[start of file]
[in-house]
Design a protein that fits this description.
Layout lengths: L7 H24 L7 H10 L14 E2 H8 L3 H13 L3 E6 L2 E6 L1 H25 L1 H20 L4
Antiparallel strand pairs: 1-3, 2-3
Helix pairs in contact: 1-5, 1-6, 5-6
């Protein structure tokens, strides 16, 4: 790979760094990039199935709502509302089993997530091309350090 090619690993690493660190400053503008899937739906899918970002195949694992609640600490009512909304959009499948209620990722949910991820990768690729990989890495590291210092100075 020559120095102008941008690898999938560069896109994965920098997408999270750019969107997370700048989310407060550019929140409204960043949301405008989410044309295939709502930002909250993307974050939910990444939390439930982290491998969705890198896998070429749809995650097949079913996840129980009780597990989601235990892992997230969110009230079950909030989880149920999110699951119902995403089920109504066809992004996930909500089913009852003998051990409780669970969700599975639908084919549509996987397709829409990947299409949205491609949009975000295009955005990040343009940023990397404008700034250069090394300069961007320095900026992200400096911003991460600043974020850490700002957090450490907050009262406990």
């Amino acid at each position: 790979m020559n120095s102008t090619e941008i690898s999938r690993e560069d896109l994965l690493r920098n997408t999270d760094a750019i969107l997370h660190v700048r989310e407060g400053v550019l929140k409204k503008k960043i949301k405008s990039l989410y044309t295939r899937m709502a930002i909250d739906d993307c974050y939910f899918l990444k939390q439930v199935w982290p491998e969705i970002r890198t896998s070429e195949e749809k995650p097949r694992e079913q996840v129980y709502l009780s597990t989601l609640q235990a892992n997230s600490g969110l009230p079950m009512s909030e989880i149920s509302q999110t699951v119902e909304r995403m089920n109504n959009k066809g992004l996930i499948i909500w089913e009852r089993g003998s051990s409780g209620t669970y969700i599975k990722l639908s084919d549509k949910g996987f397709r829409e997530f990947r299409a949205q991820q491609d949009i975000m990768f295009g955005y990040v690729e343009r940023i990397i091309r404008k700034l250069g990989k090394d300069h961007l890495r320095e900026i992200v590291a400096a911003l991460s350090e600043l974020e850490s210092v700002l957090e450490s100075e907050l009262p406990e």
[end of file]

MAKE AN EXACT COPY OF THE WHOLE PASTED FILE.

[in-house]
Design a protein that fits this description.
Layout lengths: L7 H24 L7 H10 L14 E2 H8 L3 H13 L3 E6 L2 E6 L1 H25 L1 H20 L4
Antiparallel strand pairs: 1-3, 2-3
Helix pairs in contact: 1-5, 1-6, 5-6
């Protein structure tokens, strides 16, 4: 790979760094990039199935709502509302089993997530091309350090 090619690993690493660190400053503008899937739906899918970002195949694992609640600490009512909304959009499948209620990722949910991820990768690729990989890495590291210092100075 020559120095102008941008690898999938560069896109994965920098997408999270750019969107997370700048989310407060550019929140409204960043949301405008989410044309295939709502930002909250993307974050939910990444939390439930982290491998969705890198896998070429749809995650097949079913996840129980009780597990989601235990892992997230969110009230079950909030989880149920999110699951119902995403089920109504066809992004996930909500089913009852003998051990409780669970969700599975639908084919549509996987397709829409990947299409949205491609949009975000295009955005990040343009940023990397404008700034250069090394300069961007320095900026992200400096911003991460600043974020850490700002957090450490907050009262406990």
């Amino acid at each position: 790979m020559n120095s102008t090619e941008i690898s999938r690993e560069d896109l994965l690493r920098n997408t999270d760094a750019i969107l997370h660190v700048r989310e407060g400053v550019l929140k409204k503008k960043i949301k405008s990039l989410y044309t295939r899937m709502a930002i909250d739906d993307c974050y939910f899918l990444k939390q439930v199935w982290p491998e969705i970002r890198t896998s070429e195949e749809k995650p097949r694992e079913q996840v129980y709502l009780s597990t989601l609640q235990a892992n997230s600490g969110l009230p079950m009512s909030e989880i149920s509302q999110t699951v119902e909304r995403m089920n109504n959009k066809g992004l996930i499948i909500w089913e009852r089993g003998s051990s409780g209620t669970y969700i599975k990722l639908s084919d549509k949910g996987f397709r829409e997530f990947r299409a949205q991820q491609d949009i975000m990768f295009g955005y990040v690729e343009r940023i990397i091309r404008k700034l250069g990989k090394d300069h961007l890495r320095e900026i992200v590291a400096a911003l991460s350090e600043l974020e850490s210092v700002l957090e450490s100075e907050l009262p406990e």